A for Aboriginal

 

A clip from the first indigenous TV show on ABC-TV 1973

This goes in Folder A for Aboriginal (as in Australian Aboriginal).

There is an interesting thing about how we think / how we thought about the indigenous populations of places (or entire continents) which have been taken over by

  • the Anglos
  • the Spanish
  • the Portuguese
  • the Belgians
  • the French…

The Europeans have been literally painting the map, a map on which we had white areas, and then somebody would paint there a Black guy, a naked black guy (or an “Indian”).

The story is that in 1788, on one day in January, this officer of the First Fleet finds himself in Botany Bay.

What’s the name of the officer? Tench. This man finds himself on the deck of a European ship.

This is at the end of the 18th century, we are in the decade of the French Revolution, a decade away from Napoleon, which shows you the technology level in Europe, as well as the cultural and political climate.

Officer Tench arrives in Botany Bay and he looks upon the natives, whom he calls “the Indians” (so stop making fun of Columbus for thinking that the Native Americans were “Indians”; it’s a common mistake, okay?).

Anyway, this guy Tench looks at the “Indians” and writes that the Governor is there to explain the transfer of land

between the old and the new masters.

That’s the framing. There will be a transfer:

We’re going to own this land.

Maybe you don’t have a concept of property in your language/culture; then it’s too bad for you.

But first we need people who speak our language, we need to find out what these guys are saying, we need to engage in dialogue. Naturally, this is not going to be a dialogue on equal terms.

Now try to imagine how the “civilised” Europeans tried to solve this kind of problem in the 1780s:

They captured people, they caught some Black fellows, the “Indians”, and subjected them to English language lessons.

By the way, a lot of the material I’m citing comes from a chapter in a book titled “Language and Culture in Aboriginal Australia” edited by Michael Walsh and Colin Yallop; this is chapter 3 explaining about the first contact between the White fellow and the Black fellow.

This book is a must-read for any Anglo, or any Asian, or any Eastern European, or any Middle East person who is already living or who is looking forward to migrate to Australia.

Why is it necessary to read this book? Because you’re (going to live) on the land of people who’ve been treated as uncivilized brutes that were to be herded around.

Of course, we cannot apply our current understanding and morality to somebody from 1788, to officer Tench, but let’s look at what the Aboriginal folk thought about the White fellow.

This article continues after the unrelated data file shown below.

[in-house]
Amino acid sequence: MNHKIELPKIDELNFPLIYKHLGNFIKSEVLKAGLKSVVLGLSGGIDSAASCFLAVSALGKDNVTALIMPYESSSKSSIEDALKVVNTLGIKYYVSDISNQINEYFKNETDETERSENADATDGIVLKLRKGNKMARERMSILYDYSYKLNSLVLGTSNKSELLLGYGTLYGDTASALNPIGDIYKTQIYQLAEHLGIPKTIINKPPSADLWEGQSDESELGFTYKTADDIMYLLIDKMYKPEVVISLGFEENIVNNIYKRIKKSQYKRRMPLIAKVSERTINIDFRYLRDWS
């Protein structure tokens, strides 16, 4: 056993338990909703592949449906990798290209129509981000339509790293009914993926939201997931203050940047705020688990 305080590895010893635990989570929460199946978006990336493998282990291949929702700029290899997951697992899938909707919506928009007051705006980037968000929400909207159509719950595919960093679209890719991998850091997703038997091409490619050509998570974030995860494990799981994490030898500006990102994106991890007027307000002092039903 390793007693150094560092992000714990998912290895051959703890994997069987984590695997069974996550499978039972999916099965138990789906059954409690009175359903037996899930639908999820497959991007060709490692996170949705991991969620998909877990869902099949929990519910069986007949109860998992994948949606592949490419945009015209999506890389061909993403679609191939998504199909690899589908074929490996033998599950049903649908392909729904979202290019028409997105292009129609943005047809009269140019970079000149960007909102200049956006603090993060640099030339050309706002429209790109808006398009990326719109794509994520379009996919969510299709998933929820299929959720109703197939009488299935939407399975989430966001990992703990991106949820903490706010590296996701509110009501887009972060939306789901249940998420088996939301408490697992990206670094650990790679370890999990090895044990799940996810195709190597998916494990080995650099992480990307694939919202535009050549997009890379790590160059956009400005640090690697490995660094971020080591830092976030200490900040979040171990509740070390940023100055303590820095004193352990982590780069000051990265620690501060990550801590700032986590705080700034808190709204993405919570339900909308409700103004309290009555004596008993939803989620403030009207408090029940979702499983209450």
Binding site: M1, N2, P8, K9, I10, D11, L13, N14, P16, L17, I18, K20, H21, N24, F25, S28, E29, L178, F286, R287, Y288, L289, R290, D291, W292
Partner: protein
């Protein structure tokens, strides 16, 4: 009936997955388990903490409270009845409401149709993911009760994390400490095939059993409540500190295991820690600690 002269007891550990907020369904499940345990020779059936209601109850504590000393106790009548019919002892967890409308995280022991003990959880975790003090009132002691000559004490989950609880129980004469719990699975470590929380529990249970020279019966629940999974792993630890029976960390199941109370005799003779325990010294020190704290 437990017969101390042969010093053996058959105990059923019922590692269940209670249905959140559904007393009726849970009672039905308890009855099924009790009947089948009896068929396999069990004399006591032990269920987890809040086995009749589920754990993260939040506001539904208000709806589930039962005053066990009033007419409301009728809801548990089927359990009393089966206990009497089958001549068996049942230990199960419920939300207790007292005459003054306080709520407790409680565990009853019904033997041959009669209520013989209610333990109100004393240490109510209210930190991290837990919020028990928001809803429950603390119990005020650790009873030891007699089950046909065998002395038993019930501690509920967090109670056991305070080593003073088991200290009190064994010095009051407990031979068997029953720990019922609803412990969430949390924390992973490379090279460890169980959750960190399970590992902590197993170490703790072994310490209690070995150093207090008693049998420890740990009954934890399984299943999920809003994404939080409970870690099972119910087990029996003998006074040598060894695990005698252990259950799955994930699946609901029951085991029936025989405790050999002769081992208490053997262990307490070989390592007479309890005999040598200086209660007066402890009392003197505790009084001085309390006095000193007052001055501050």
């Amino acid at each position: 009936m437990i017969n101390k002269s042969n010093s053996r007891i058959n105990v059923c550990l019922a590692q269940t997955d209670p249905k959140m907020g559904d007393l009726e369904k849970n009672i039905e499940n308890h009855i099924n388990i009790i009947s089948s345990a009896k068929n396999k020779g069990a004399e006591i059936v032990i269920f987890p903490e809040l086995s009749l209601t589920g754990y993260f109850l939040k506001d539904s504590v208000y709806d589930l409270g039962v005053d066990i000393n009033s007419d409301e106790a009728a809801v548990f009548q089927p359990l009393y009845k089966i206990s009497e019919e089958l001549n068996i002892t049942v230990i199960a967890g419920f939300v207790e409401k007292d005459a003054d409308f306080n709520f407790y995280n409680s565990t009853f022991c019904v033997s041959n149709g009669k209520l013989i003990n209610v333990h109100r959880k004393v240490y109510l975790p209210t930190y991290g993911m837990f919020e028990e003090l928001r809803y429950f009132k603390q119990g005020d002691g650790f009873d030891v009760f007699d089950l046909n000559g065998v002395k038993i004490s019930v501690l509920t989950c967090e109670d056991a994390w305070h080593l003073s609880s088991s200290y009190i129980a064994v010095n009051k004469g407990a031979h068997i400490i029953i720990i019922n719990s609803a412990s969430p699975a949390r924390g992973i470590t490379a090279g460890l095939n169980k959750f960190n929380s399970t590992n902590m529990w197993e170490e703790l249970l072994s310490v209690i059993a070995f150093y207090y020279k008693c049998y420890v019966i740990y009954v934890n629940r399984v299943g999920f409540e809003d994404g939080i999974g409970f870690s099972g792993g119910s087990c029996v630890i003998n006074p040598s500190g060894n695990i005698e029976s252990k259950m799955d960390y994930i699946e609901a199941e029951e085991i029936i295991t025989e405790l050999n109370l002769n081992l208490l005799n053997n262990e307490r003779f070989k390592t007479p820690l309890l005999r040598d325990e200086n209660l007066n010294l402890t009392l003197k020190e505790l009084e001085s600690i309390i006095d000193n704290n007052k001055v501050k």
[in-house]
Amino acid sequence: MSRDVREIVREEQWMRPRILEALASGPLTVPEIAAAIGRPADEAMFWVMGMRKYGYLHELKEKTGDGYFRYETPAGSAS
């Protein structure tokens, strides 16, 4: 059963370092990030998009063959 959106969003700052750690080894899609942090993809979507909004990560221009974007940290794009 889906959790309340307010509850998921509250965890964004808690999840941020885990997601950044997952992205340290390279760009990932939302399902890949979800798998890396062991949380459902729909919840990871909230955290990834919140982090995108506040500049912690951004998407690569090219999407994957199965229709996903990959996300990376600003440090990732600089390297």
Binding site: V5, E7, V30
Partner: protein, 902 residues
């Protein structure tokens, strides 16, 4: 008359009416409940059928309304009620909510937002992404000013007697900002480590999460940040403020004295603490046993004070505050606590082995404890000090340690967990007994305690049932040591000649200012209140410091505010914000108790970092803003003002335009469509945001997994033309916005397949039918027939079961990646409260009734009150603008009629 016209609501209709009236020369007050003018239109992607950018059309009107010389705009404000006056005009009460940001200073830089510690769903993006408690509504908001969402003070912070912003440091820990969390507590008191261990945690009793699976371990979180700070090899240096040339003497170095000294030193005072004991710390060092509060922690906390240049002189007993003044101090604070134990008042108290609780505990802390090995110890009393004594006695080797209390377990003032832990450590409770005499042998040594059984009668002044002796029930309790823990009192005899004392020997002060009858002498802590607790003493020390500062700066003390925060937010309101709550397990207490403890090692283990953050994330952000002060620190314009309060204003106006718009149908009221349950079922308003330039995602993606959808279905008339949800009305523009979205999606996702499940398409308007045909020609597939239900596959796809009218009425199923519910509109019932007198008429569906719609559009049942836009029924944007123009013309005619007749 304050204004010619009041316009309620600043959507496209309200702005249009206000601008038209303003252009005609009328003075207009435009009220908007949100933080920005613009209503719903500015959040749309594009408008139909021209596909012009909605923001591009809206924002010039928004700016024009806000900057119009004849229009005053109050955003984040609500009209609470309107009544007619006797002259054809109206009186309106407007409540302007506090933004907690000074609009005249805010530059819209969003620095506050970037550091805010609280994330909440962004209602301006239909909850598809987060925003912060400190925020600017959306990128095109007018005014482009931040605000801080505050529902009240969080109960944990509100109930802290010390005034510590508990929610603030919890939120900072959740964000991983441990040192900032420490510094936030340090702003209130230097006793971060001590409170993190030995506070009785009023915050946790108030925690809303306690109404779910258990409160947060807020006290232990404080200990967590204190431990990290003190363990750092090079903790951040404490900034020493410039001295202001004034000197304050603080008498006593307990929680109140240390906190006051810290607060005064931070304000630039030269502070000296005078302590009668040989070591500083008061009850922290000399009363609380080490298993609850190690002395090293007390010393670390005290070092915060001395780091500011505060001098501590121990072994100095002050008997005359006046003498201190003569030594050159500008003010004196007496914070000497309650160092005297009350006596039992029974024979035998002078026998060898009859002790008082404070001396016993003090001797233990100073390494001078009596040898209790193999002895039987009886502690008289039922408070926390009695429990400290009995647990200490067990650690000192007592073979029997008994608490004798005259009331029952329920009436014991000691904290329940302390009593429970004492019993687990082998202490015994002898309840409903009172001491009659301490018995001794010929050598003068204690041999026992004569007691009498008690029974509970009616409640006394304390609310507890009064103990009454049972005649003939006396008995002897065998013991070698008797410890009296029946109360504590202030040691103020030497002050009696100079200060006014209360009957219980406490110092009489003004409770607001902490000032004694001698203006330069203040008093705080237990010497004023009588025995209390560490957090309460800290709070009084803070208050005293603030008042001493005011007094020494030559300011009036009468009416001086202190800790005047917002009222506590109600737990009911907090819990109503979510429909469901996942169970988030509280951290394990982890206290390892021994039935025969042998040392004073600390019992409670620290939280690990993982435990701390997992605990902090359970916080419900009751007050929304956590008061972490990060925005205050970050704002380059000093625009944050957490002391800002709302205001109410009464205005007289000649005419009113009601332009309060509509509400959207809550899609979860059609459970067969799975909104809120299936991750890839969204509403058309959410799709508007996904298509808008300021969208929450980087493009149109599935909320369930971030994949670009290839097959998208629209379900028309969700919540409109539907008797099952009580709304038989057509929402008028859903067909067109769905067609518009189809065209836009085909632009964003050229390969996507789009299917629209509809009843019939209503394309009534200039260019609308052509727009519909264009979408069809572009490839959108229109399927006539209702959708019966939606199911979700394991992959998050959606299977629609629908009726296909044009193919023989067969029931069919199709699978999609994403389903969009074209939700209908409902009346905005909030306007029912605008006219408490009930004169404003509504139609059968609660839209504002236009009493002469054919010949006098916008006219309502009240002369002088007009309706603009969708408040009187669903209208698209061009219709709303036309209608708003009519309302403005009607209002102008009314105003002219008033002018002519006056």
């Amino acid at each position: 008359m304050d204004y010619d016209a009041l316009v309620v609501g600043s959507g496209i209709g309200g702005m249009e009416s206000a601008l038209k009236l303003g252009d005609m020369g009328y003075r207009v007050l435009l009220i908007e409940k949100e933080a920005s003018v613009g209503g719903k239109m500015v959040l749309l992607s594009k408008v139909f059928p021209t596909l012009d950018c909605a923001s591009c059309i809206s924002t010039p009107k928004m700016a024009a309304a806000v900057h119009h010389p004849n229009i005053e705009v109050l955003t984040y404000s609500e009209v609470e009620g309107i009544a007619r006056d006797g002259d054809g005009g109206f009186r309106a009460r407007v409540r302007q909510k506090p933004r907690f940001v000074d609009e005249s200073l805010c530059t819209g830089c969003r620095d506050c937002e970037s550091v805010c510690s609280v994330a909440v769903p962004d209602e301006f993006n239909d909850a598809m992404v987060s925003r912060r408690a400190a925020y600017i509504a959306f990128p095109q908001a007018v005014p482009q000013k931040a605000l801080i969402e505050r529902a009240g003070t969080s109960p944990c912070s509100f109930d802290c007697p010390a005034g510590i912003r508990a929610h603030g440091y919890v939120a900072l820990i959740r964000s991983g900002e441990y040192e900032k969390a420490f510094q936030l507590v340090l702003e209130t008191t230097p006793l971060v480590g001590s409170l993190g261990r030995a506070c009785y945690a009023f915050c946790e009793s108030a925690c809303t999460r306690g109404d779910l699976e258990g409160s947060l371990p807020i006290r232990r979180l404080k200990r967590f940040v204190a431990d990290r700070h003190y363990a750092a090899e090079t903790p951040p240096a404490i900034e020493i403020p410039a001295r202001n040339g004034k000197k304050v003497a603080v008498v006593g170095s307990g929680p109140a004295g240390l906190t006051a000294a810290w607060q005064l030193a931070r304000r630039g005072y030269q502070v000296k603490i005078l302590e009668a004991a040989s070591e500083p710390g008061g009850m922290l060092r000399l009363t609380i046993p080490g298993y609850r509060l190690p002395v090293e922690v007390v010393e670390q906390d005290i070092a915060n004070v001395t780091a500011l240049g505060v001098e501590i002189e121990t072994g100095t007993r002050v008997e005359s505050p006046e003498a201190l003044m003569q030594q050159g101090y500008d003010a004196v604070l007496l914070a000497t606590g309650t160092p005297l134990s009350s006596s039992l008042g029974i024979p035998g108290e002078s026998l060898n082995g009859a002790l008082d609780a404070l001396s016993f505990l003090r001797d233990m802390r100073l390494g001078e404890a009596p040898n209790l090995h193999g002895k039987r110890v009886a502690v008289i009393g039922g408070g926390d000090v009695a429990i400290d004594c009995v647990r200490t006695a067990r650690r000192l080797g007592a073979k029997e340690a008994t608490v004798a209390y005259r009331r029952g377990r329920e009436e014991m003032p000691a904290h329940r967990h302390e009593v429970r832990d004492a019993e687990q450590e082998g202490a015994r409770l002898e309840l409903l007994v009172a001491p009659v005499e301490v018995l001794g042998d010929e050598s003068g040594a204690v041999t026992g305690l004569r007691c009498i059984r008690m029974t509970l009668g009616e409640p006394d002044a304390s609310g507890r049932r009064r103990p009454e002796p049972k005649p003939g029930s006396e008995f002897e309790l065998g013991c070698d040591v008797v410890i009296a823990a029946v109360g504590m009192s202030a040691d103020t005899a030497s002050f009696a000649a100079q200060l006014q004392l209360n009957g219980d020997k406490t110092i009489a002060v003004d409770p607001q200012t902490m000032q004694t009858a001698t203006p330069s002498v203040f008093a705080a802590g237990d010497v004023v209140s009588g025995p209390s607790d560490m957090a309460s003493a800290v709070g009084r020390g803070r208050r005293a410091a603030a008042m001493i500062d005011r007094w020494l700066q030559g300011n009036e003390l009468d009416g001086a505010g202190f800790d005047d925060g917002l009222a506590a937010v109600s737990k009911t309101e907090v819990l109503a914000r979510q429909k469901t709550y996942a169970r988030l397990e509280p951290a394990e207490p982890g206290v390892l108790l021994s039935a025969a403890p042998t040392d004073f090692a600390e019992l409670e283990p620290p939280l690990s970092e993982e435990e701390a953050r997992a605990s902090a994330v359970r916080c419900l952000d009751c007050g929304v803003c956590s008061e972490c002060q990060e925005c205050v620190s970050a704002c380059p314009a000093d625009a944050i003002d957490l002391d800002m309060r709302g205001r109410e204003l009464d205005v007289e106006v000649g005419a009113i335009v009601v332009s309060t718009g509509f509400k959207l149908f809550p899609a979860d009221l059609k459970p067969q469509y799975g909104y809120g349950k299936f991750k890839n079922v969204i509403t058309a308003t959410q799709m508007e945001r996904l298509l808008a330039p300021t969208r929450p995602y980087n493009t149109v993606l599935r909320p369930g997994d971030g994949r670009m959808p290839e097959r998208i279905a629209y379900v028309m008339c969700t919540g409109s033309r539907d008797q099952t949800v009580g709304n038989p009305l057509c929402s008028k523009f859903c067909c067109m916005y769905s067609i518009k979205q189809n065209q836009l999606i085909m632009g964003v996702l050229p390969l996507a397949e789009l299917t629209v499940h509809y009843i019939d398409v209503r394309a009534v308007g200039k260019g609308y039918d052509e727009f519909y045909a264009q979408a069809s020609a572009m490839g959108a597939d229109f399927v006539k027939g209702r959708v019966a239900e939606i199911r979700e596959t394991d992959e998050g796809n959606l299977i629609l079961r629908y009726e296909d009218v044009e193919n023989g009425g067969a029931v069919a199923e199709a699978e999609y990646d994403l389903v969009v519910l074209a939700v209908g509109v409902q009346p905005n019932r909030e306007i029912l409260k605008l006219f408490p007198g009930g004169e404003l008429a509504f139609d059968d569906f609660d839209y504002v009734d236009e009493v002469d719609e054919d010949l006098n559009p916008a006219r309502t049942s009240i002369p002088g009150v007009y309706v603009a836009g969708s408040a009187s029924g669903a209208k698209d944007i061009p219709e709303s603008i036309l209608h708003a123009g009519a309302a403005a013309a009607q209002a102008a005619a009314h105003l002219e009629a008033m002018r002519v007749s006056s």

The Aboriginal people were given “beads and toys”, right? The misunderstandings are incredible: We have these Black fellows captured, forced to learn English and then use them as interpreters.

Incidentally, this is (part of) my job description, so if I had lived in this period, then the colour of my skin would guarantee … what?

In Australia, a couple of Black fellows who looked smarter were “shackled”; there were hand cuffs to which a rope was attached, like you’d do with a monkey. They did this to the guy whom they told:

Okay, you’re going to interpret for us now.

Okay, how much do I get paid?

That was not a question you could ask, right? They would give him some food and shelter and that would be it.

That was the treatment and at some point one guy escaped, went back to his mob. Of course there were many, many, many others whose stories we’ll never know. What is interesting is the point of view of the Black fellows, because they feel that

“White fellow soon kill all black fellow. You good fellow, mob no kill you”.

Simply because they don’t understand you, simply because there is no common language. On the other hand, when the Black fellows fight back,

“stock-keeper shoot plenty, mob spear some”.

This is the situation, and not only in Australia, of course.

One of these Black fellows (the interpreters) is taught how to toast, forced to say every time they raise their wine glasses

“To the King!” “To His Grace” “Long live whatever!”

Accordingly, he imagines (pretty justifiably) that’s what the drink is called: The King, which results in the strange linguistic fact (but deeply revealing of the cultural background shared by these two societies which collided with each other) that

in a certain place in Australia an alcoholic drink is still referred to as “the King”.

We are at a point right now where we cannot afford to forget this kind of details, and building on these details we need to decide where we want to go from now. Let’s learn what they say. What they saw in us.

We know the accounts we have, even if you didn’t read any historical records, testimonies of people from that time, you can kind of guess the whole thing because we’re descending from the “modern man, civilised man” stock.

How did it feel on the other end? How did it feel at the other end of this dialogue? If it was bad (and I really hope you will not argue this point), I trust you understand what a huge leap we can now make by simply listening and learning more from the Black fellow.

We’ve captured the Black fellow and subjected him (and her) to our lessons for so long that for many of us this bad habit is very hard to shake.

The idea that the language barrier is surmountable through physical violence, the idea that some are superior to others by virtue of what they look like has been (let’s hope) put to rest with the Declaration of the Rights of Man;

it happened in 1789, around the same time officer Tench is sailing around Botany Bay.

We just need to keep to this path, the kaizen (Change-into-Good 改善) path, and extend our definition of man to include the Black fellow, to include the Red Skins, to include everybody else who is human, like us.

 

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